Creating Motivated Students

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Creating Motivated College students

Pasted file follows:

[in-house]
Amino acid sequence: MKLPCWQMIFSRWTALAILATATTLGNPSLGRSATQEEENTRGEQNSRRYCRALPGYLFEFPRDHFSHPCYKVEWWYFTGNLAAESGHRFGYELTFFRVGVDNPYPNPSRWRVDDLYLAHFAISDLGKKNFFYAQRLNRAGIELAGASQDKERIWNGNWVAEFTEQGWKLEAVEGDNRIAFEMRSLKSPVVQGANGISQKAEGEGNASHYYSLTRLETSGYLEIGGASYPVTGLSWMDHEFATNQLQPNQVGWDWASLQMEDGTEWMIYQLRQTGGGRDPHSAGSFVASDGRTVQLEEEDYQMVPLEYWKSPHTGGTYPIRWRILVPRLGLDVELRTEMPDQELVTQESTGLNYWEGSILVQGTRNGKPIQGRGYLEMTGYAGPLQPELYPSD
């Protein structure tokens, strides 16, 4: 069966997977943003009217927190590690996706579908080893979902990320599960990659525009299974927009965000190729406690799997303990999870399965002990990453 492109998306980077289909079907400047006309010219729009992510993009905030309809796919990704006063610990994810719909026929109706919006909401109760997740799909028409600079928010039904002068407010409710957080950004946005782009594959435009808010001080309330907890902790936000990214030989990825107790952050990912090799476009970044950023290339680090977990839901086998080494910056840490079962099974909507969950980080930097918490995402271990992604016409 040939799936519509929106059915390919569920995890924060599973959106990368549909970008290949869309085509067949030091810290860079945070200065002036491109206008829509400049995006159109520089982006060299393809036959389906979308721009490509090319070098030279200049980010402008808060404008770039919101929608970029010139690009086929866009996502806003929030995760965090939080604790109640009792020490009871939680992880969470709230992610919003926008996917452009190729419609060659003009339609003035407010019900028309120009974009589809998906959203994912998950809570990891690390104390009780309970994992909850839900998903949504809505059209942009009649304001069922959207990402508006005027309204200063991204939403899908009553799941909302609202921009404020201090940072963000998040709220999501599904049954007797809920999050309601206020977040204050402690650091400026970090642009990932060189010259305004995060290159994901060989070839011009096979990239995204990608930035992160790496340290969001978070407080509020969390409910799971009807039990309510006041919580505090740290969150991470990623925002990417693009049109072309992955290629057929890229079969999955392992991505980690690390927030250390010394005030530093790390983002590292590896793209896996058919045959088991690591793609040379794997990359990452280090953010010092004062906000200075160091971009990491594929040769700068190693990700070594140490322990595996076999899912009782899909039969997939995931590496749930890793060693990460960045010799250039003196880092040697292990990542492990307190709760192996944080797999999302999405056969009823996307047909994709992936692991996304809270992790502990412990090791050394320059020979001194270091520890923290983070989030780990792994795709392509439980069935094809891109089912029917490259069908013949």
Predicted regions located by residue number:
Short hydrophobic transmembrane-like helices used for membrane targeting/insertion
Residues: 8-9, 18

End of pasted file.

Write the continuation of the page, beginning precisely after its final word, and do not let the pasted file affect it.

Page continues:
Going to college instead of pursuing other endeavors is one of the biggest decisions that a student will make in their lives up to that point. Once they are in college, however, parents often feel challenged to ensure that their children are doing well, that all of their needs are taken care of and that they are motivated to do well while they are there because parents understand how important college is to the next phases of their children’s lives. Whether they have been to college or not, most parents understand that their children need to be motivated to get good grades and maintain a high GPA so that they can access more potential opportunities while they are in college and then after they graduate. What parents do not seem to understand, however, is that the majority of what they can do to motivate their child to do well in college takes place long before the student sits in their first college class. Motivating their child to do well is the result of the focus given to education while growing up, and the development of a high level of self-efficacy which encourages the student to become a self-regulated learner, allowing them to more easily adapt to the rigors of a college environment. The kind of support that encourages the development of these characteristics is indicative of the kind of support network that invested parents provide which serves as one of the strongest ways that students remain motivated to succeed while they are in college. In order to better understand how this is the best way for parents to motivate their children while they are in college it is necessary to define self-efficacy and self-regulated learning. Bandura one of the pioneer and major proponents of self-efficacy theory, defines self-efficacy as “beliefs in one’s capabilities to organize and execute the courses of action required to produce given attainments” (Bandura, 3) Put more simply, self-efficacy refers to one’s personal beliefs that they are capable of mastering a certain set of material, achieving a desired outcome or meeting some other goal. The higher that a student’s level of self-efficacy is, the better able they are to face challenging material in school and master it. Conversely, the lower a student’s self-efficacy, the less willing they are to even look at material they consider to be challenging or advanced, and the less motivated they are to continue through school. As Bandura argues, self-efficacy is about agency, and “if people believe that they have no power to produce results, they will not attempt to make things happen” (4). Bandura points out that those individuals who spend the most time with the child have the greatest effect on their level of self-efficacy. This especially includes parents but also teachers, and other educators who spend time with the student, because these are the people who reinforce certain behaviors. The parents who continue to motivate their child to keep trying until they get it right is working to develop a higher level of self-efficacy in that student, and that is what motivates them to continue trying to succeed in college when they find themselves stuck on challenging material. Kirschner describes self-regulated learning as learning that is guided by higher level thought patterns, strategic action, and motivation to learn (194). Self-regulated learners, because they are internally motivated, have taken the time to be more aware of their academic strengths and weaknesses and are well prepared to overcome the obstacles and challenges that they find in their way. Self-regulated learners tend to have a high sense of self-efficacy, and are more likely to find success in and beyond the academic environment. This motivation starts in the home, with dedicated and invested parents who build up a support network that leaves the child unafraid to try new things and embrace the difficulty of learning new material. What Kirschner argues is that no matter how...
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